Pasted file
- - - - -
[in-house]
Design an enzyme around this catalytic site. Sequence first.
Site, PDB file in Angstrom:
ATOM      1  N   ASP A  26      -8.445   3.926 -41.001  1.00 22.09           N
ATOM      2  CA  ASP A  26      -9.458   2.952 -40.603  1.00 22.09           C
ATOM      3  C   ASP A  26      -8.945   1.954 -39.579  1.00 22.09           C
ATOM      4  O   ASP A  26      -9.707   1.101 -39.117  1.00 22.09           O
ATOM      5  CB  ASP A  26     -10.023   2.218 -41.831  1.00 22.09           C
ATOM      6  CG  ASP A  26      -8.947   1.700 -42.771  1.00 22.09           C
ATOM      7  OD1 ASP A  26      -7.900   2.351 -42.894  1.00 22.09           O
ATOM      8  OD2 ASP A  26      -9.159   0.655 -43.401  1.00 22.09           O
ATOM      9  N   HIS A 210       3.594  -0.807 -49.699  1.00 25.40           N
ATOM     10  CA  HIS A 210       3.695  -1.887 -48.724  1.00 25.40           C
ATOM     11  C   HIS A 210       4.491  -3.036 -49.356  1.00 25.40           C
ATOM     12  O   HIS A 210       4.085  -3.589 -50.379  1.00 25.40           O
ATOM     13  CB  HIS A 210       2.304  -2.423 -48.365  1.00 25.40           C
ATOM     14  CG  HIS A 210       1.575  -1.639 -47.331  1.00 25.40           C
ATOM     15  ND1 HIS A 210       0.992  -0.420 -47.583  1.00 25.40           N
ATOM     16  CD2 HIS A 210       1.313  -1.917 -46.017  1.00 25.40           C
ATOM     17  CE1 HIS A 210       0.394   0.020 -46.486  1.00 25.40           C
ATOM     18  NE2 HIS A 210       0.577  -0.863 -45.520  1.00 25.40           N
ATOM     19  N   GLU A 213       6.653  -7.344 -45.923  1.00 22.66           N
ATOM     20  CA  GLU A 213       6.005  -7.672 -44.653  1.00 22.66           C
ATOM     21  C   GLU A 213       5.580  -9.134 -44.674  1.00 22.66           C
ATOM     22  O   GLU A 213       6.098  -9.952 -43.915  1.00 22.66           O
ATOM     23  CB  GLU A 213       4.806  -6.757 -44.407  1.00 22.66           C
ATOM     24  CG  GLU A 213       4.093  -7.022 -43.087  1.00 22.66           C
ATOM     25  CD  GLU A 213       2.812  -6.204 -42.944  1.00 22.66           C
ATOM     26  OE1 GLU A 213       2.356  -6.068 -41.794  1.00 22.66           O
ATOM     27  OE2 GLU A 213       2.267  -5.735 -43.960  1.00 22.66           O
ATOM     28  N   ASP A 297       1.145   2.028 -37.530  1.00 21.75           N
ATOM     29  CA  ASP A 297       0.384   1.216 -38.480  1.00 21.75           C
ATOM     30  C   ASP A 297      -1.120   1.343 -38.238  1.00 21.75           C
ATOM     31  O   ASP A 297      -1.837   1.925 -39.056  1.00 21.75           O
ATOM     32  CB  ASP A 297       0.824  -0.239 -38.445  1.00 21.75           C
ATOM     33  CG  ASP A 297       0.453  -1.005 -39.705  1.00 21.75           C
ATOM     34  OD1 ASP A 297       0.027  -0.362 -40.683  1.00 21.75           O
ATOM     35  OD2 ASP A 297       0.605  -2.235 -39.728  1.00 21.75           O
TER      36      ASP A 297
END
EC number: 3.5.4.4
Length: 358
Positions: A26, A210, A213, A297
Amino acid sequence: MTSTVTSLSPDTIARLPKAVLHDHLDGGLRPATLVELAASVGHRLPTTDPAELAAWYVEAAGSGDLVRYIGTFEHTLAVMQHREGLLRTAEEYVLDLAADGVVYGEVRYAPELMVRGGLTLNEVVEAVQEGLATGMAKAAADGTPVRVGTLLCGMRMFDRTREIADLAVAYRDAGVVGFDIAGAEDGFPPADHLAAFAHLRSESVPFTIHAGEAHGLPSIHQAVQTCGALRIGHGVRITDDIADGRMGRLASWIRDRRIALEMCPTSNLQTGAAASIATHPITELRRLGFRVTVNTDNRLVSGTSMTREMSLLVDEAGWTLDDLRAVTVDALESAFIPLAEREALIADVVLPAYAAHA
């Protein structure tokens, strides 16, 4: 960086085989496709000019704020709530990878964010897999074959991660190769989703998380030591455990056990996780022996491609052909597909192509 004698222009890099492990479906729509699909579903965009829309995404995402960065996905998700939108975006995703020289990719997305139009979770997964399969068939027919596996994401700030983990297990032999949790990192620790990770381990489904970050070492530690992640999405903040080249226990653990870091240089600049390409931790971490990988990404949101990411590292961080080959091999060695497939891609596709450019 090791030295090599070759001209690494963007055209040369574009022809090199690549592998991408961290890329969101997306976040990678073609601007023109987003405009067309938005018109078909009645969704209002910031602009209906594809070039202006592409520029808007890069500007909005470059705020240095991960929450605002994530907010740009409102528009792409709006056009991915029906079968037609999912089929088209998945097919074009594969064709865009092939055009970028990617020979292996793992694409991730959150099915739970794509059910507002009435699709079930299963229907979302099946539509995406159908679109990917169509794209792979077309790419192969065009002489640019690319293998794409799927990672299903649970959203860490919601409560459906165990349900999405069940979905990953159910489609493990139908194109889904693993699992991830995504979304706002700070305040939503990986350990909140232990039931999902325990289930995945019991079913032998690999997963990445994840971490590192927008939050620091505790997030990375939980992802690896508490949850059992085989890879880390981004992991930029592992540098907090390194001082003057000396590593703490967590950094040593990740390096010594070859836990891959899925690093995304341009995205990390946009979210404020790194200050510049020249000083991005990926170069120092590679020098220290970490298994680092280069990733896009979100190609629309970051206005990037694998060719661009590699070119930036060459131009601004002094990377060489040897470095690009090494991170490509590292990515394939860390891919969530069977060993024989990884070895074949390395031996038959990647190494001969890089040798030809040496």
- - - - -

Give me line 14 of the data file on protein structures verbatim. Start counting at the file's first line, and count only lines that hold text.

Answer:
ATOM     11  C   HIS A 210       4.491  -3.036 -49.356  1.00 25.40           C